ABC explains, “The bionic pancreas works by measuring blood sugar every five minutes using a small monitor attached to the body. The results are sent wirelessly to an iPhone app, which processes the data and determines the amount of insulin needed – something diabetics currently have to calculate themselves. If the patient’s blood sugar is too low, the app signals for a dose of glucagon to be pumped into the body. Glucagon counteracts insulin and raises sugars – an important feature, as pushing glucose levels too low can also be dangerous.”

What were the study’s results?

CBS says, “Overall the researchers found patients in the study needed 37 percent fewer interventions for hypoglycemia. Additionally, there was a more than twofold reduction of time in hypoglycemia in adults using the bionic pancreas than with the manual pump. Both the adult and teen study participants demonstrated improvements in glucose levels with the device, particularly during sleep when it can be especially challenging for a person with diabetes to keep blood sugar levels stable.”

Sleeping at night with stable levels is one of the biggest challenges type 1 diabetes patients face; it is particularly troublesome for patients who are trying to monitor glucose levels of young children with type 1 diabetes through out the night.

Is everyone endorsing it?

Time magazine takes on a more negative view than other news outlets about whether the device will be successful and useful. “The findings are promising, but we are still a far ways off before the bionic pancreas becomes a clinical reality. For one, the study had a relatively small sample size and lasted only five days. What many are hopeful for, is a truly ‘bionic’ and implantable pancreas that could fulfill the role of a functional organ,” according to Time. But Time does admit that the device is a ‘step in the right direction’.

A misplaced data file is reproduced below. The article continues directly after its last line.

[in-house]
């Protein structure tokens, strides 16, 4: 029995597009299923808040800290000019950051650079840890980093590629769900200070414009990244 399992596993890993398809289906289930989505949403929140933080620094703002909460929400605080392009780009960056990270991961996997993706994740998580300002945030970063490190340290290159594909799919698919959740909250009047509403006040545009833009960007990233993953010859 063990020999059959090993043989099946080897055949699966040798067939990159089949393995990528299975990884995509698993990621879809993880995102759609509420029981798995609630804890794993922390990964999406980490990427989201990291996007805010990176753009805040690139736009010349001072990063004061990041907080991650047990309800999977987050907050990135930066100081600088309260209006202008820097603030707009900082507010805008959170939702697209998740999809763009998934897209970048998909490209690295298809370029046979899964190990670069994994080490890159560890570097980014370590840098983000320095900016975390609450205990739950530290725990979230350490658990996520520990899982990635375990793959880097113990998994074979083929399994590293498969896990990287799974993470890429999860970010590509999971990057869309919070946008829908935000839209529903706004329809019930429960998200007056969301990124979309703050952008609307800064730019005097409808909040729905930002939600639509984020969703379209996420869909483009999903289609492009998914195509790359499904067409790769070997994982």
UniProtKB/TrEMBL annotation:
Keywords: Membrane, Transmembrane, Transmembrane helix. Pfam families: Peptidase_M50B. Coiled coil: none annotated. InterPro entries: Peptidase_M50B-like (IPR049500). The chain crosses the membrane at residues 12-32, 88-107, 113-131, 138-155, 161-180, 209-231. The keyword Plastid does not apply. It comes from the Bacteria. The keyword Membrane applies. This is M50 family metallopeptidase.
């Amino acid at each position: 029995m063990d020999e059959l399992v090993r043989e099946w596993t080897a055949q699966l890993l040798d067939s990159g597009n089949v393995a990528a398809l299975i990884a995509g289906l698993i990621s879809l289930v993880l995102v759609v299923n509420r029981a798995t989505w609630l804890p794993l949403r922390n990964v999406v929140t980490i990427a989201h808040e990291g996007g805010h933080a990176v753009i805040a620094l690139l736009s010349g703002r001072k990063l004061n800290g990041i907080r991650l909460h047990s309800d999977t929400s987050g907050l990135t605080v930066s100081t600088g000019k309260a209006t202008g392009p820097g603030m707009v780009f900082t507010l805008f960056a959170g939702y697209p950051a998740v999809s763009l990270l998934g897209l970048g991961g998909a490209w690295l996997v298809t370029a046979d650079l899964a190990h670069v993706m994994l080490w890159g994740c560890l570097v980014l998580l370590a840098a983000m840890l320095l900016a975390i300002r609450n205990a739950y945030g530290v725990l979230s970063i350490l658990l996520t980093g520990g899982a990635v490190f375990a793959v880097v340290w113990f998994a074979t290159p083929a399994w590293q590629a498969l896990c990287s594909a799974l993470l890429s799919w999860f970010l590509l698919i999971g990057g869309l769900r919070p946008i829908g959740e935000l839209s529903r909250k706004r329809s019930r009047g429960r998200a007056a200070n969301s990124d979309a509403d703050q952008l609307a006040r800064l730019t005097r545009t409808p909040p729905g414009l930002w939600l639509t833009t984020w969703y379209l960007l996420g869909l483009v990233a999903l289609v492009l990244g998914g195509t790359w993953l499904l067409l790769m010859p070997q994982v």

What are other experts in the field saying about the bionic pancreas?

Dr. Bartlett, a diabetes expert at the University of Maryland School of Medicine (who was not affiliated with this study), called it ‘a blockbuster trial.’ Dr. Bartlett told ABC, "It’s a big deal. I’m quite excited to see this. I’ve been hearing since I was a young faculty member that a glucose-responsive insulin pump was just around the corner, and that was a long time ago. This is very exciting."

What was the inspiration behind this great device?

Mr. Damiano’s son David.

David was diagnosed with type 1 diabetes by Dr. Mom (literally, his mother is a pediatrician) when he was only eleven months old. During this time the treatment plan for type 1 diabetes patients included a strict regimen. These patients had to constantly check their glucose levels, calculate the amount of insulin they needed, and administer the required dose via periodic injections. And for people like the Damianos who had a young child with type 1 diabetes, they wake up through out the night to complete these tasks and constantly worry through out the day about them (especially while the child is at school). Parents with children facing this issue cannot even allow their child to sleep through the whole night. It is necessary for them to check the child’s levels consistently otherwise the results could be calamitous. Therefore the bionic pancreas is a particularly welcome surprise for such families.

Damiano did not want his son to have to grow up with the constant fear and stress of checking his levels and worrying about a trip to the hospital if his levels were out of whack, which is a common problem. It was this notion that inspired Damiano (a biomedical engineer) to develop the bionic heart.

ABC updates us on how satisfied the inventor of the device is with it,

“But for Damiano, the true hope is that he will be able to send his son off to college in three years with a final version of this device. David is a freshman in high school now, and with the next phase of clinical trials slated to begin this week, it looks like these plans are on track.”

If all goes well in the next couple of trials then researchers hope to make the device marketable before the end of the year. Discussions and plans are already in play regarding how to get the bionic pancreas to consumers. Experts feel that this will be a major game changer for many diabetes patients.